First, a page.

Tell us about yourself and how you got started in construction?
I grew up in North Dakota between a cattle ranch and a sugar beet/barley farm. When I was 13 I tried working the farm with my dad irrigating the crops. I hated it. The hours and mosquitoes were the worst but I had to have a job so the next day I called my dad’s best friend at the time who was also a general contractor.
I said, “I will do whatever it takes, I’ll be your ‘gopher’ (go for this, and go for that)”. He said, “Sure you can come to work for me for $7.25/hr. We are roofing this summer. We tear off and put back on a roof a day. Your job will be to pick up all the garbage on the ground and you can come up on the roof when you are done with the garbage.” I was the best gopher around. I was on the roof in no time and eventually roofing with them. We did 80 roofs that summer. I was hooked. I loved the work, the comradery, and the culture of construction.
I then went on to pursue an associate’s degree in Building Construction Technology from the North Dakota State School of Science in Wahpeton North Dakota. After completing the degree I was still not convinced of why the architects drew the plans we were building the way they did and suddenly I also loved going to school so I applied to the Architecture program 75 miles north in Fargo North Dakota at North Dakota State University and was accepted. 20 years later I am now an architect and builder and love every minute of it.
What is your professional opinion on the state of construction in Colorado right now?
The state of construction in Colorado right now is that we are all very busy and that it’s very expensive to build as well. I am hearing other architects and builders say that they are booked for months and even years out and that they expect this trend to continue.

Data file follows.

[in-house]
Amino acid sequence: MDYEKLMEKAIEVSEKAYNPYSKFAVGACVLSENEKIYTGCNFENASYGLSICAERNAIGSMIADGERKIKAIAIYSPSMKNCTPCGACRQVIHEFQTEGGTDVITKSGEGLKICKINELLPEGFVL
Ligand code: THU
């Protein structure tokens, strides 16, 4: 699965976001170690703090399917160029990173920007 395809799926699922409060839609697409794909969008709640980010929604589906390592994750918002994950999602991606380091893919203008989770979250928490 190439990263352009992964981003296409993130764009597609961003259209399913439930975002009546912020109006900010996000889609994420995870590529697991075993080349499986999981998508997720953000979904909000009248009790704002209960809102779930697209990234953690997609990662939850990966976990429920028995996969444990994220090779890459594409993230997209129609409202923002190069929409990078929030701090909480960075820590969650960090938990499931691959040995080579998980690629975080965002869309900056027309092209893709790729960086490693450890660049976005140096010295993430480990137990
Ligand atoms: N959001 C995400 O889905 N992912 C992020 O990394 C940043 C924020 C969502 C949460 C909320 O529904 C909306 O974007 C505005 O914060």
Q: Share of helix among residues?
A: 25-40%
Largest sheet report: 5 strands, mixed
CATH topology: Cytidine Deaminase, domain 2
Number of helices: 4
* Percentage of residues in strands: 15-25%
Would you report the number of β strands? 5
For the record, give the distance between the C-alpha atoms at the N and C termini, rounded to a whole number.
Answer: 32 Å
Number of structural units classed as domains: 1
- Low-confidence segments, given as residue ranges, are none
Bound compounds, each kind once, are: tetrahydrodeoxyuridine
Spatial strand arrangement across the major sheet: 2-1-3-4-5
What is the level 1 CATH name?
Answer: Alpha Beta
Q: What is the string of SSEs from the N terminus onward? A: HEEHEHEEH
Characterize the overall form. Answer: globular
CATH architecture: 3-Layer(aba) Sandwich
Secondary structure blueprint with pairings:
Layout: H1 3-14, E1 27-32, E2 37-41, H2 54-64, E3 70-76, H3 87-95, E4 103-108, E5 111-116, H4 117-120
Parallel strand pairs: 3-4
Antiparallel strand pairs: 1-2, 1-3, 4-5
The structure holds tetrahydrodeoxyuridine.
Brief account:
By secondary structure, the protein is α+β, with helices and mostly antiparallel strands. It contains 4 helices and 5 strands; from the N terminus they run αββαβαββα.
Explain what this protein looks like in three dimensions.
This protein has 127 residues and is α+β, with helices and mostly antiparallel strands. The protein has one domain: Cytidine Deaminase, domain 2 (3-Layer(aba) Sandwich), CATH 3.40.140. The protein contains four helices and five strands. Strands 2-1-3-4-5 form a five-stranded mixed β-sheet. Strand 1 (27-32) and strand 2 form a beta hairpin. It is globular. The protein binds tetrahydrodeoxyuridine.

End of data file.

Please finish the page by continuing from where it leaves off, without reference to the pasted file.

I also do not expect costs to come down anytime soon so if you can build now then your best shot is right now. You cannot print 80% of all dollars in existence in 22 months and not expect inflation.
What are some of the largest obstacles in the construction process that you have found?
The government. Every single time it is the local governments and their ever-increasing and burdensome regulations that are our biggest obstacle.
What is a typical day (or week) like for you?
I typically wake up before the sun does and go directly to my home office downstairs and that’s also when I am most creative. It’s my quiet time to caffeine up and get after it. I then go into our office in Longmont after dropping the kids off at school and stay at work until 5.
We work hard and play even harder at F9 so we rarely work weekends.
What do you like most about your work?
The variety. There are always new clients and new types of buildings. We rarely do the same thing twice.
What advice would you have to share with other builders or contractors in this market?
Tell the truth. Don’t be afraid to give realistic timelines and budgets to clients.
In your experience, what are the largest hurdles in achieving compliance with energy codes?
I would say it’s when we are doing houses that have a lot of glass with poor southern exposures.
What areas do you serve?
We serve all of Colorado and occasionally Tennessee, Idaho, and North Dakota.
What hobbies do you have outside of your business?
I am an avid fisherman.
What’s the best way to get in touch with you?
Call me anytime between 8 am and 5 pm Monday through Friday at 303.775.7406!
Final Note: Lance and Alex also host a podcast called INSIDE THE FIRM which is a very interesting look into the inner workings of an Architecture firm. Check out the podcast here or on youtube.